Updated October 2023
October 31, 2023: Australian and EU negotiators have confirmed that they cannot reach agreement for a free trade deal before the EU parliamentary election period begins next year. This means any future negotiations are unlikely to resume before 2025.
July 17, 2023: Trade Minister Farrell and Prime minster Albanese announced last week that EU concessions in negotiating the Australia-EU FTA were not good enough and that Australia would not sign a deal unless it had real commercial benefits for Australia.
30 June, 2022: Speaking to RN Drive on ABC Radio National, Dr Patricia Ranald, AFTINET Convenor, has warned that a potential trade deal containing EU standards in past trade deals, though welcome, may fall short of community expectations for high environmental and labour standards without strong enforcement mechanisms
February 12, 2021: Both new US President Joe Biden and UK Prime Minister Boris Johnson are headlining their determination to reduce net carbon emissions to zero by 2050. But Australia’s Morrison government is declaring that it will fight any proposal to impose border carbon levies, including in the current UK-Australia and EU-Australia Free Trade Agreement negotiations.
January 7, 2021: The European Union and the British government finally came to an agreement about trade in goods on Christmas Eve 2020, which came into effect on January 1, 2021. The United Kingdom has now separated from the European Union, Common Market and Customs Union.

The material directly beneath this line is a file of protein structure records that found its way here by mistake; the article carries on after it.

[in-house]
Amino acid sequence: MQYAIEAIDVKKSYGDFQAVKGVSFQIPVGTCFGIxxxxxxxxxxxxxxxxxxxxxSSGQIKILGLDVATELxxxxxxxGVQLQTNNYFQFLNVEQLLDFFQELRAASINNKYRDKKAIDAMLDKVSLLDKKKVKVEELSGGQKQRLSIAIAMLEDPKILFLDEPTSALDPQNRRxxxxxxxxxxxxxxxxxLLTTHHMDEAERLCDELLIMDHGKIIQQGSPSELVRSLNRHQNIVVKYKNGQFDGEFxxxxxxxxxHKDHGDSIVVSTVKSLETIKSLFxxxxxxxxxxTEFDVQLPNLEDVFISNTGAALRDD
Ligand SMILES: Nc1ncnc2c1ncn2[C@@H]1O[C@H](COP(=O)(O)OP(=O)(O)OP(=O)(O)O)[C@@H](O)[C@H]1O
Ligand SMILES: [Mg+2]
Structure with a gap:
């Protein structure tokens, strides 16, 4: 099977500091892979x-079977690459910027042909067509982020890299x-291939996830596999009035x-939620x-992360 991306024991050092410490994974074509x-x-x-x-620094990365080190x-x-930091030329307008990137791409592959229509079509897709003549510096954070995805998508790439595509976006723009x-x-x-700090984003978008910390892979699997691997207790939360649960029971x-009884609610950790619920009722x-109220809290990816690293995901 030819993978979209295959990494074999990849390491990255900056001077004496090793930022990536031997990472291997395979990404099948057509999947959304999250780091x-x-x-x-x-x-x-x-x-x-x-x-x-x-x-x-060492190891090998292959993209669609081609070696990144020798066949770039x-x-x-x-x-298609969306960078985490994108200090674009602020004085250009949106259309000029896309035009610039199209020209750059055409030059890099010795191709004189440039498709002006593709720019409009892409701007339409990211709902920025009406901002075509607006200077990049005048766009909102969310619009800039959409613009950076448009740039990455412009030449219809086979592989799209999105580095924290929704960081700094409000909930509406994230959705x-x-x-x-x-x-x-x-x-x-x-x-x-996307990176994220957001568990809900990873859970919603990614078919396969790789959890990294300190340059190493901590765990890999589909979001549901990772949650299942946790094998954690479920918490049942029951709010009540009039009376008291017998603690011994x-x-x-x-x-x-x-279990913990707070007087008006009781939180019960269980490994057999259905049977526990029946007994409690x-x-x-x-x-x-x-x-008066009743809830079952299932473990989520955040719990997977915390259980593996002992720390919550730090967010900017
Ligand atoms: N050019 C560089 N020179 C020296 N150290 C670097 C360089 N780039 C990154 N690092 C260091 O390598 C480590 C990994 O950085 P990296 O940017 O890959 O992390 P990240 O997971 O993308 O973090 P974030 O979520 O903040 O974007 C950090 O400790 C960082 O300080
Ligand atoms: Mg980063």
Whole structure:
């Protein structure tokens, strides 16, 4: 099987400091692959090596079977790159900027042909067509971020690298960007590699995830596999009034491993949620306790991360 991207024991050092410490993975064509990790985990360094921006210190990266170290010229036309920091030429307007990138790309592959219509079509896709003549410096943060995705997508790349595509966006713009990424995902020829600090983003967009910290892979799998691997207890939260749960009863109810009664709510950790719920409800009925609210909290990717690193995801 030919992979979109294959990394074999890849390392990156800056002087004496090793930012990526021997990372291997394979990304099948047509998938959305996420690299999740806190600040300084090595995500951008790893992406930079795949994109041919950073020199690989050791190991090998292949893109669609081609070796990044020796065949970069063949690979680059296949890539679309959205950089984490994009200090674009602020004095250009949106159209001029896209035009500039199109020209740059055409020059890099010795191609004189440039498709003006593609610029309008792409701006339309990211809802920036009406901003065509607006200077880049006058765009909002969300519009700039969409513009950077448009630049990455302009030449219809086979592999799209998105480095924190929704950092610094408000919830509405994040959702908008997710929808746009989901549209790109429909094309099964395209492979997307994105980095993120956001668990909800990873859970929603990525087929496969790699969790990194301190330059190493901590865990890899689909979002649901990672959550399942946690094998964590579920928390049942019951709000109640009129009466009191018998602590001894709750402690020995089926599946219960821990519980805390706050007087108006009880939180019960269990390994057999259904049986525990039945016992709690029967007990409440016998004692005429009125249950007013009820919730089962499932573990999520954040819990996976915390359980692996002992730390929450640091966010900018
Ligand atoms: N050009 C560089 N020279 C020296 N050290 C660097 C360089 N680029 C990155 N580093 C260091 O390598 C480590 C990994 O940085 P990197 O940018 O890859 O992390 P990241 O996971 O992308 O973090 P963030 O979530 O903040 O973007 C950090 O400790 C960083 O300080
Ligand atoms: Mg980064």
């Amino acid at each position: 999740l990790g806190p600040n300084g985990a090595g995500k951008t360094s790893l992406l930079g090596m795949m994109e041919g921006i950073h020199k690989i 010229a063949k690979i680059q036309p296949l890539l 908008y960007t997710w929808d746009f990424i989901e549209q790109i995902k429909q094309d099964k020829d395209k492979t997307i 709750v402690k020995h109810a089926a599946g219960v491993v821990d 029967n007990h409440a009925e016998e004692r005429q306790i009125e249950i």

MEDIA RELEASE Monday August 24, 2020
“It is disgraceful that Europeans know more than Australians about our trade negotiations because the Australian government refuses to release the text of trade agreements until after they are signed,” AFTINET Convener Dr Patricia Ranald said today.
August 17, 2020: Dr Patricia Ranald’s Conversation article today argues for an end to secrecy and a more open and democratically accountable trade process. AFTINET will give evidence on August 24 to a Joint Standing Committee on Treaties hearing into the trade agreement process.
August 12, 2020: The Japanese Foreign Minister, Toshimitsu Motegi, and the UK Trade Secretary, Liz Truss met in person in London last week to finalise the proposed UK-Japan Free Trade Agreement, Media reports said that the major issues were settled and Secretary Truss expected the deal to be finalised by the end of August. The UK also wants FTAs with the EU, Australia, the USA, and New Zealand.